On their own detail photos can look nice, but don’t show your audience what’s happening. When added to a set of photos they can be a vital component that complements the scene setting and portrait shots. These photos are best taken with lenses that can get close to the subject, in other words, macro. You might only include details, or you could show detail but allow some background into the frame for context as well

sequence of photos

Here a line of puppets awaits use. Lines work well in detail photos, as do patterns.

sequence of photos - details

The puppets are full of intricate details, as this photo shows. The use of a macro lens at closer quarters would have enhanced this photo.

In the puppet show detail photos were taken on stage as shown in picture E (below), and backstage with two pictures taken from location B (above). At location B detail photos of the puppet were taken using a 135mm lens. Usually shooting with a macro would be better. However, walking around backstage wasn’t possible, so getting close to the subject was also not possible. The first shot shows a photo where the face of the puppet is prominent, taken in a similar manner to a portrait. The second image shows the puppets where they rest backstage between performances.

sequence of photos

Here is a detail photo that shows context.

Picture E (above) is a detail shot of one of the puppets, but with a bit more context as you can see how the puppet is being used. The shot has a minimalist feel to it, which makes it ideal for adding text above the puppet’s face. The strong light on the subject allowed me to expose for the puppet, and make the background much darker, which gave this shot its minimal tone.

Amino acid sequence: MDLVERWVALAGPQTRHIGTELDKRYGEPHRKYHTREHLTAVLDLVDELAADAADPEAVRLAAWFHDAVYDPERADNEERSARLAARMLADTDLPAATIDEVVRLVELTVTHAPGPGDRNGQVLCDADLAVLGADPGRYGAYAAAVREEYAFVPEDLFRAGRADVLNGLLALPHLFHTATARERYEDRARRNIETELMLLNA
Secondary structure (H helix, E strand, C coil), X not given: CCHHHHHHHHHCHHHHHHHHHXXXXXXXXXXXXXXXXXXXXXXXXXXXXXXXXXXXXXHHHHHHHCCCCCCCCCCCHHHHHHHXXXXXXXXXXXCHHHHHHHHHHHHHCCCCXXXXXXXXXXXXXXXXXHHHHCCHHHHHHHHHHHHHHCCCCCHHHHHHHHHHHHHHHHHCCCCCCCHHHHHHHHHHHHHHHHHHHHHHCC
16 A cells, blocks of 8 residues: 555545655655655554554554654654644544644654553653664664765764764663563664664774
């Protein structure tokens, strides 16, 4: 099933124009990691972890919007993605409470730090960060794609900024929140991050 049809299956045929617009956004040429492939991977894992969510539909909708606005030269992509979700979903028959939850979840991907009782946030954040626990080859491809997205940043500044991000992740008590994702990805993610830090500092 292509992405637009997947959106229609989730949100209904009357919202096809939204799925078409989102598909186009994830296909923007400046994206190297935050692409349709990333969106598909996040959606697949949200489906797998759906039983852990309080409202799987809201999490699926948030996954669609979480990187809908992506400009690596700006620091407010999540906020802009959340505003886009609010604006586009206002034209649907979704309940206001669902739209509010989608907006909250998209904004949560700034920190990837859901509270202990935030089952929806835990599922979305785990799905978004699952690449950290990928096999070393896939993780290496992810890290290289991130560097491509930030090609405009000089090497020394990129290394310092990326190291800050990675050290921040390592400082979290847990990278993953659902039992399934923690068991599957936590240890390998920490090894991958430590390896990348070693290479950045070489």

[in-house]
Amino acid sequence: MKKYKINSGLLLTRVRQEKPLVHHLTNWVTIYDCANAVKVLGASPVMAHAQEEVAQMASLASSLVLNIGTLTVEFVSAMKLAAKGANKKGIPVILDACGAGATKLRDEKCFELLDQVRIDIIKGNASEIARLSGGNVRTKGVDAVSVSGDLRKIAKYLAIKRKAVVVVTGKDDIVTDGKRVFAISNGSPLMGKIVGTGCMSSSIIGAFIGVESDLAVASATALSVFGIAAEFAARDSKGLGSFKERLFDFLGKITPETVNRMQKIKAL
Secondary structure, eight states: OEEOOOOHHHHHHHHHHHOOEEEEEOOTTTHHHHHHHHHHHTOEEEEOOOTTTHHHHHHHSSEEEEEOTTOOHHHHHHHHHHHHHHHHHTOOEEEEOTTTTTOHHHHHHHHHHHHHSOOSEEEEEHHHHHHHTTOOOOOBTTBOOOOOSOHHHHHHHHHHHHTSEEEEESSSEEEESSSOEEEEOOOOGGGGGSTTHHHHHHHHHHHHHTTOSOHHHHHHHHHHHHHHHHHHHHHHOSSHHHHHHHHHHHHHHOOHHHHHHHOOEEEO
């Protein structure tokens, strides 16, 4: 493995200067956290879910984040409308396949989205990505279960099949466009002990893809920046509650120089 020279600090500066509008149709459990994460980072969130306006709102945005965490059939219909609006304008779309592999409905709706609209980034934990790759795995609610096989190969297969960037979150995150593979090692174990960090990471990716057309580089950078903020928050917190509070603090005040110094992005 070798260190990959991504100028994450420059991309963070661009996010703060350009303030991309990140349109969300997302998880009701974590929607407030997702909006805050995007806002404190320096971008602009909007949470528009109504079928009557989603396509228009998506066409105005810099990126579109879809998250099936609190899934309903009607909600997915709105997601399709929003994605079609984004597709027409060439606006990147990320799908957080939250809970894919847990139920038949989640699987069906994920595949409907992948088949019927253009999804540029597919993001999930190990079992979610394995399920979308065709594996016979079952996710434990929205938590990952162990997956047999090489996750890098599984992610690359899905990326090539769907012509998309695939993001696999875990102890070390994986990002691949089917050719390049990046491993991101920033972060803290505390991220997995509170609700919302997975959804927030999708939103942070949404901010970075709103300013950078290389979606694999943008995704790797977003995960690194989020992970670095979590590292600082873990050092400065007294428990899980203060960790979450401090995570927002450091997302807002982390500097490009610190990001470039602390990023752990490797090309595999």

How this set could be expanded on

Okay, so above there are a set of seven photos combining a number of different photos of differing styles into the one grouping that shows a puppet show. This is a snapshot of a show during a performance, could this be expanded on though? Yes, of course, it could. You could also get images of the puppeteers preparing before the show begins, you could ask if they’d let you photograph the puppets in a much more staged manner where you use lighting and select a background that would compliment the puppets. Then there could also be some staged portraits of the puppeteers with their puppets to add to the mixture of images taken during the show itself.

Other scenarios

The list of other scenarios that you could shoot to create a sequence of images is endless; it could be a rock concert, a wedding ,or a sports event. In the next example scenario, you’ll see another set of photos how a green tea field can be captured.